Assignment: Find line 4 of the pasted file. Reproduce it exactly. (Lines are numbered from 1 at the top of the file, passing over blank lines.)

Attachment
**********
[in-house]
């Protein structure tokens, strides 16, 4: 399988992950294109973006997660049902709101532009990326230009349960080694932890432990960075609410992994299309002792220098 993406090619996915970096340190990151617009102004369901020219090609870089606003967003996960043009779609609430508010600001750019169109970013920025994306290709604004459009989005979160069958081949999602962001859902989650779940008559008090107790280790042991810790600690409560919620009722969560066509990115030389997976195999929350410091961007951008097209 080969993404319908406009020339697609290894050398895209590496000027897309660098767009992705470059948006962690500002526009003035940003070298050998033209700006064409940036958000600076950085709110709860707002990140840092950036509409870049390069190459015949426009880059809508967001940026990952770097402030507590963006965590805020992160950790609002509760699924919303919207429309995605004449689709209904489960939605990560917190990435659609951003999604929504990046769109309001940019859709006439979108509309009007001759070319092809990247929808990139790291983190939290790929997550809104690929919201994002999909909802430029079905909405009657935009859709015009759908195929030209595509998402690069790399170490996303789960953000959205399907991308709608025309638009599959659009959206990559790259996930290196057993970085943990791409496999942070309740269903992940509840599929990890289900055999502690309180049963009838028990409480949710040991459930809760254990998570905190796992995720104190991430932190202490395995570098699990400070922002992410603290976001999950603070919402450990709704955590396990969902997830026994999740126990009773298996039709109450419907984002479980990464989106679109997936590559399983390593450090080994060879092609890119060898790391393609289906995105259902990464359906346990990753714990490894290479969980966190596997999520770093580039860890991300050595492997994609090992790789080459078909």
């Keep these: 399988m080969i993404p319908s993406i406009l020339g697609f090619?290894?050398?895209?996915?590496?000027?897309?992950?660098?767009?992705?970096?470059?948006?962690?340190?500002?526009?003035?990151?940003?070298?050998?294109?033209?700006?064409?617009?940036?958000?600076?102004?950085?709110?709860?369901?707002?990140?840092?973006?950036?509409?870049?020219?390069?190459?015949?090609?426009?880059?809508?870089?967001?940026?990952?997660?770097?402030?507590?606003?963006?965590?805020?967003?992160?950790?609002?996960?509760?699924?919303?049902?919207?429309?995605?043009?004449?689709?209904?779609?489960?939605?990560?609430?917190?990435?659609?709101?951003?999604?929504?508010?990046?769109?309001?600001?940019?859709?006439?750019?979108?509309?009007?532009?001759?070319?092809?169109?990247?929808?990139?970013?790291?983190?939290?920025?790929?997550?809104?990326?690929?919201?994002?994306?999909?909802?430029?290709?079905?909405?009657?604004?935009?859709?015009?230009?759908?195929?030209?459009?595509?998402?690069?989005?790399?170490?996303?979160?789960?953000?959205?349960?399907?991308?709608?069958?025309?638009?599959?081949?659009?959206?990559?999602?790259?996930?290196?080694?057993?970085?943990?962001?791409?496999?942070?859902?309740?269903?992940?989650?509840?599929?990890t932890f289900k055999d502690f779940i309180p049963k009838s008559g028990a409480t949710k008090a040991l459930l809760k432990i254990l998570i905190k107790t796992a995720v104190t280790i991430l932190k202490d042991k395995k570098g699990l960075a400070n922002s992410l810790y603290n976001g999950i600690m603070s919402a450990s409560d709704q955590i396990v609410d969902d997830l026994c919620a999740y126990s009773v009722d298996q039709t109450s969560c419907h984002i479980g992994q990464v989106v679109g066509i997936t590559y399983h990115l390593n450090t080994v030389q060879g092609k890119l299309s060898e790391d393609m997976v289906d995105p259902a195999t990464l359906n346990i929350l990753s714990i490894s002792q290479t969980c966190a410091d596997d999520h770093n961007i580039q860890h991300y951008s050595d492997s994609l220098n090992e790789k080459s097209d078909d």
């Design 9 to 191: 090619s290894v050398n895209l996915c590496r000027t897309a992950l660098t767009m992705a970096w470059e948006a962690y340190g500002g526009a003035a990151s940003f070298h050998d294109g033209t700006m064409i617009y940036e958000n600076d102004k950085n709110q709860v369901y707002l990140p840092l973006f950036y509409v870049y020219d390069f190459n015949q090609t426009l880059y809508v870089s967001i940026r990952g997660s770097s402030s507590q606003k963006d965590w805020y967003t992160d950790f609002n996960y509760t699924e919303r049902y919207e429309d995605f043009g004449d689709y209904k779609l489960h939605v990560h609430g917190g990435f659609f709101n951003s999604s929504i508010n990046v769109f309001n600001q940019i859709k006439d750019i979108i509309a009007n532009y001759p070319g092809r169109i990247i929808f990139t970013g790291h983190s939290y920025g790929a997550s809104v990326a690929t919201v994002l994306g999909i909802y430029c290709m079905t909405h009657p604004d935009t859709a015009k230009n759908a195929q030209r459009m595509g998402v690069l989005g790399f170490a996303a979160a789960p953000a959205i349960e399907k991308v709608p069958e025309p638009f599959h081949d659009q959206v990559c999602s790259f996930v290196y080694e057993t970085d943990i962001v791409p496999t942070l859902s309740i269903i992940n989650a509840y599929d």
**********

């Design 9 to 191: 090619s290894v050398n895209l996915c590496r000027t897309a992950l660098t767009m992705a970096w470059e948006a962690y340190g500002g526009a003035a990151s940003f070298h050998d294109g033209t700006m064409i617009y940036e958000n600076d102004k950085n709110q709860v369901y707002l990140p840092l973006f950036y509409v870049y020219d390069f190459n015949q090609t426009l880059y809508v870089s967001i940026r990952g997660s770097s402030s507590q606003k963006d965590w805020y967003t992160d950790f609002n996960y509760t699924e919303r049902y919207e429309d995605f043009g004449d689709y209904k779609l489960h939605v990560h609430g917190g990435f659609f709101n951003s999604s929504i508010n990046v769109f309001n600001q940019i859709k006439d750019i979108i509309a009007n532009y001759p070319g092809r169109i990247i929808f990139t970013g790291h983190s939290y920025g790929a997550s809104v990326a690929t919201v994002l994306g999909i909802y430029c290709m079905t909405h009657p604004d935009t859709a015009k230009n759908a195929q030209r459009m595509g998402v690069l989005g790399f170490a996303a979160a789960p953000a959205i349960e399907k991308v709608p069958e025309p638009f599959h081949d659009q959206v990559c999602s790259f996930v290196y080694e057993t970085d943990i962001v791409p496999t942070l859902s309740i269903i992940n989650a509840y599929d």